'Uncanny Nature' with Carole Shepheard
- 7 March 2016
- Sarah Holden
Uncanny: seemingly supernatural, mysterious
Nature: 1. thing’s essential qualities 2. kind, sort, class 3. inherent impulses determining character or action
Perhaps it has been the shift from an urban environment to a rural one that has forced me to try to make sense of the relationship human beings have with the physical world. My own position is equally ambiguous as I attempt to cultivate and control a garden at the same time as being mesmerised by my surroundings and their unfashionable wildness. I have accepted my antipathy towards the need to shape, tame and control the natural world and acknowledge that a balance is needed, and in my case an embracing of the feral! This is probably best explained by the weeds that spring up unannounced, grow vigorously in unfriendly places and demand constant attention. I have used this as a metaphor for my current work.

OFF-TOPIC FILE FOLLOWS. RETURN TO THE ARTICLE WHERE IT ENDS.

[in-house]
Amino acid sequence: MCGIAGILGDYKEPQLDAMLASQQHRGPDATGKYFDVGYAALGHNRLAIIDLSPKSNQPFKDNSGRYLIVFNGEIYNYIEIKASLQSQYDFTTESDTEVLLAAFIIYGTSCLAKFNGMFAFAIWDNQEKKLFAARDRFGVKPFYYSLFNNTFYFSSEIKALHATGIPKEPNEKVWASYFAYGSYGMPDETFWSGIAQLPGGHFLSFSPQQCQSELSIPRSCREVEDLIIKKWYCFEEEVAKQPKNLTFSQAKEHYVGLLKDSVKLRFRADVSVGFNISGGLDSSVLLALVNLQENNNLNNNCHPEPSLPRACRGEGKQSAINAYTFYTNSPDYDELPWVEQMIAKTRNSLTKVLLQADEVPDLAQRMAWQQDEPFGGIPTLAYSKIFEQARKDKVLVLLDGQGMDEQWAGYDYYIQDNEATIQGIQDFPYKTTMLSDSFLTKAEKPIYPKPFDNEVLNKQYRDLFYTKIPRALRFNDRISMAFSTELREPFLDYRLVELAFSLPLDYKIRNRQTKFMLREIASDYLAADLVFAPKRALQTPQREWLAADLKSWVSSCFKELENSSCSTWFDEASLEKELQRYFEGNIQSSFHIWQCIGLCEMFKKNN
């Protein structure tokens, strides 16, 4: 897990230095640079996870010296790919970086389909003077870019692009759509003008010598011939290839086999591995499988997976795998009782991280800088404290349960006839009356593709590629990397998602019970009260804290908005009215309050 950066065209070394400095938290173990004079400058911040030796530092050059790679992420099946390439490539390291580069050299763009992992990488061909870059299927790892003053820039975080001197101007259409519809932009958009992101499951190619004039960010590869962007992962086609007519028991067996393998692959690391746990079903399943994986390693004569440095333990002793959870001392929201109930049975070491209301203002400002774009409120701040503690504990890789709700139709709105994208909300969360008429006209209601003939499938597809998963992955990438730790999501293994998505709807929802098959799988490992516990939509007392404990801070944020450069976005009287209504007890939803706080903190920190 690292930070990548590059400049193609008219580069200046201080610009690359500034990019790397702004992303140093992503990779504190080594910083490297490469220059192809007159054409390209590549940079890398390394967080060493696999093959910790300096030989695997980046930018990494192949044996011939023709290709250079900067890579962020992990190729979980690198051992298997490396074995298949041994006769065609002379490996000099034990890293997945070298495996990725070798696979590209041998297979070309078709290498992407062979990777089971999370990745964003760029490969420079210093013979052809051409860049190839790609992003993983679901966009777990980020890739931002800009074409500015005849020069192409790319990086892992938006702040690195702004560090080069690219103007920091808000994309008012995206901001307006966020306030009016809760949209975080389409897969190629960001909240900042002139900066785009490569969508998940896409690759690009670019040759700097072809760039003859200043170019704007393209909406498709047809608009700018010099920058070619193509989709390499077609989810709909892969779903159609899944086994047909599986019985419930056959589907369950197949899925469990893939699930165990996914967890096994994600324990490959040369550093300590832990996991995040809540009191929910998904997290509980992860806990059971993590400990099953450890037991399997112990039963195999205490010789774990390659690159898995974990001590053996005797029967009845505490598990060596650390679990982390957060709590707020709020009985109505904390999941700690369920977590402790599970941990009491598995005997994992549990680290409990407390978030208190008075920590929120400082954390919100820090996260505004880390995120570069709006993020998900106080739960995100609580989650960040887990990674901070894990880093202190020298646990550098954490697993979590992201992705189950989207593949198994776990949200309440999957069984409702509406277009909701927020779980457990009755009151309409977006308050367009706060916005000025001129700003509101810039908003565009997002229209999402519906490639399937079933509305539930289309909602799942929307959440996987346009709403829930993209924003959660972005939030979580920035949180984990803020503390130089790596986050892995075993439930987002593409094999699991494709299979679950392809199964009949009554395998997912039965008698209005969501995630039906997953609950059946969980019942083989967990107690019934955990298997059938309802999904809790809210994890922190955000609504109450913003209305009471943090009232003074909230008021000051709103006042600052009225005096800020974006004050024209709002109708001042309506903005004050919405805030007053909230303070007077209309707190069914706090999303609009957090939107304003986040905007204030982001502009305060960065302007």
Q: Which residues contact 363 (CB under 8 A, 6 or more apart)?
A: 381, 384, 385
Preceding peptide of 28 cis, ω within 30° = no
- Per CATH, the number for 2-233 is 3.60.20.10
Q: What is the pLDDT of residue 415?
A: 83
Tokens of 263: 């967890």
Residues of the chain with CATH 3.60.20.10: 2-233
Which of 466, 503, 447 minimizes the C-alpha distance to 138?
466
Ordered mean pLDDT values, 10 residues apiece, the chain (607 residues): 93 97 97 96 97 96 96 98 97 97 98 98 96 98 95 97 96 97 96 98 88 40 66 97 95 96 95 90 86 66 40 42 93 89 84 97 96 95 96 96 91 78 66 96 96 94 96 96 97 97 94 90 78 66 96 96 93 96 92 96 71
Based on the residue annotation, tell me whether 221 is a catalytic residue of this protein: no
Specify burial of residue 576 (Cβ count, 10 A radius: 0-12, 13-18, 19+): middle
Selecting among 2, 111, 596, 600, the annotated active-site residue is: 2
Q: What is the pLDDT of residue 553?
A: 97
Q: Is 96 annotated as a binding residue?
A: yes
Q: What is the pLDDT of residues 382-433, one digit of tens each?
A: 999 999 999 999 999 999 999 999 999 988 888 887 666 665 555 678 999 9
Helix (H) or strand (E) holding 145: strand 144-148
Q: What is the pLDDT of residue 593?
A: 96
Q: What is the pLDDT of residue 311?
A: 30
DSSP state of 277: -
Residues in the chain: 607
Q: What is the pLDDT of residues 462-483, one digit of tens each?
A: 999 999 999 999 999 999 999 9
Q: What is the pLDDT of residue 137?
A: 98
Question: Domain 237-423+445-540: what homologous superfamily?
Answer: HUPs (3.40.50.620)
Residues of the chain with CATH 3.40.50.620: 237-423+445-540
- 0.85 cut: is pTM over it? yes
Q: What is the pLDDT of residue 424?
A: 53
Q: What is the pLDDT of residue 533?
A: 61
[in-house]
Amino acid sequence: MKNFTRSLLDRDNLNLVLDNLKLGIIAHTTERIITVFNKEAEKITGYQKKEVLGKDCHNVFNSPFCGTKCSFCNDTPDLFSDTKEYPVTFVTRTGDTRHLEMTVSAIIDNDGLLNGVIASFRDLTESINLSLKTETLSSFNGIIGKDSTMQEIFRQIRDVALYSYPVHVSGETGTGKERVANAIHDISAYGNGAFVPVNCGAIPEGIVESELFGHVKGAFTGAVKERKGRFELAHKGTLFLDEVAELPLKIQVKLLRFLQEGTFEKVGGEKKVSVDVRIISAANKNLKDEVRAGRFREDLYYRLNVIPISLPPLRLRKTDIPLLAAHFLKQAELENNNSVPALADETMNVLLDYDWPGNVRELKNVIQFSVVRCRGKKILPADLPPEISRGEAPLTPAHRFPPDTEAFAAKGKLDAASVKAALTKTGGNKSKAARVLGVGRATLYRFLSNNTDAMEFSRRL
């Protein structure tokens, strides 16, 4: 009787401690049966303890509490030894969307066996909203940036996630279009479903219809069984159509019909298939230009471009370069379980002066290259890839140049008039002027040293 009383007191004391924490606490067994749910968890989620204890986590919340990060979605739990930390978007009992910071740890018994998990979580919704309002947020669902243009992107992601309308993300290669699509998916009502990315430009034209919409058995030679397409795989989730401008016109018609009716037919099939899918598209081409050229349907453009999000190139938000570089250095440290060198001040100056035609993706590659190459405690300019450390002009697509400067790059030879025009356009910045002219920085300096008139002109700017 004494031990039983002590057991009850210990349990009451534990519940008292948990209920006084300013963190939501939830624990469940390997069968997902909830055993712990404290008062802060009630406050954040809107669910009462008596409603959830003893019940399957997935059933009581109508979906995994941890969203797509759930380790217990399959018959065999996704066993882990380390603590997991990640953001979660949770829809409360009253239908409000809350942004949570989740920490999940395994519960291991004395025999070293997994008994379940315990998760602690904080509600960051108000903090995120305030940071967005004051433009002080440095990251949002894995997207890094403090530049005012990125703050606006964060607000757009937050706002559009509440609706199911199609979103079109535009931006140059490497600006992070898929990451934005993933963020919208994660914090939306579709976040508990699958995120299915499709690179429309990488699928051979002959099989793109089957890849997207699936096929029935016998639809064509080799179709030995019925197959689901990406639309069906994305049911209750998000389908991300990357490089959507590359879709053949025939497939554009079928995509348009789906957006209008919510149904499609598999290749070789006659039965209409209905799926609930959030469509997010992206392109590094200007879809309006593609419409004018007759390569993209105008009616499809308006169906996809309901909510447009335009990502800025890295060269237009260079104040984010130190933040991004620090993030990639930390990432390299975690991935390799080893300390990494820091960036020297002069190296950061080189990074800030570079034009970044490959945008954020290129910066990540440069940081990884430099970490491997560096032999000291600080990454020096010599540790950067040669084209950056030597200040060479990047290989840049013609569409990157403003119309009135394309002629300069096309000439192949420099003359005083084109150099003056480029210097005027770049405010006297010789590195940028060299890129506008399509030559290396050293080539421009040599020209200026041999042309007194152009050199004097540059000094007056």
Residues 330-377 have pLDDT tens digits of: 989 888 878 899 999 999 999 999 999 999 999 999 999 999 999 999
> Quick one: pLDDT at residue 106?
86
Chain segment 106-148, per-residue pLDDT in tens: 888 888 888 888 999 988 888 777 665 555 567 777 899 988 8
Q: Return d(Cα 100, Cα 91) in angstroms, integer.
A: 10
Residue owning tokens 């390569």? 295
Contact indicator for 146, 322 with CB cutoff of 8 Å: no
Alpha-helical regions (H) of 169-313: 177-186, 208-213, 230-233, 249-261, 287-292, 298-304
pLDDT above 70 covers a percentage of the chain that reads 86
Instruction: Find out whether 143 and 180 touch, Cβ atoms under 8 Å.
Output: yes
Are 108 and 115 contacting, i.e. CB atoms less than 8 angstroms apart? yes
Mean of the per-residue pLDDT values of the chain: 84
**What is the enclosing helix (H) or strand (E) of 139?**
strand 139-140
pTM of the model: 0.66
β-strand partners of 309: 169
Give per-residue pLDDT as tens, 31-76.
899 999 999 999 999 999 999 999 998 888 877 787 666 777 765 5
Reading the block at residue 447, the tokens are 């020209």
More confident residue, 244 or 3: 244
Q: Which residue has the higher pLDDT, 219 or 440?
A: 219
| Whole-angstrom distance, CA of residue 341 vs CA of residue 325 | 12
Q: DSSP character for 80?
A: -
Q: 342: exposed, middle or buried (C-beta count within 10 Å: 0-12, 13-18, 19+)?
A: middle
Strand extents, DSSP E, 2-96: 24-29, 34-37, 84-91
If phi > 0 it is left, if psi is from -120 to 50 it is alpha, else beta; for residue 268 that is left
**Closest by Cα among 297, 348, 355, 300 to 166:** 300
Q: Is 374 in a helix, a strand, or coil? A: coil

Michael Pollen in his book Second Nature, suggests, “Weeds are not super-plants: they don’t grow everywhere … weeds, as the field guides indicate, are plants particularly well adapted to man-made places … They grow where we live, in other words and hardly anywhere else.”
I have assembled this body of work (some recent and some older) to show this exploration of my environment and my attraction to things wild, things untamed and things uncontrollable. This includes a fascination with space and infinity, the sea and its fearsome unpredictability, and of course gaining a new respect for the insect, animal and bird life that I share my days with.
Nature is however as just as unreliable and unstable as art can be, and the shifts it makes create visual challenges. I have spent the past ten years pretending my art is relatively unaffected by my physical world but this cannot be true as I am now captivated by each change of season, the velvety night sky, the growth of blackberries, the range of roadside flowers, and by the scent of things that are only manifest at night.
Carole M Shepheard
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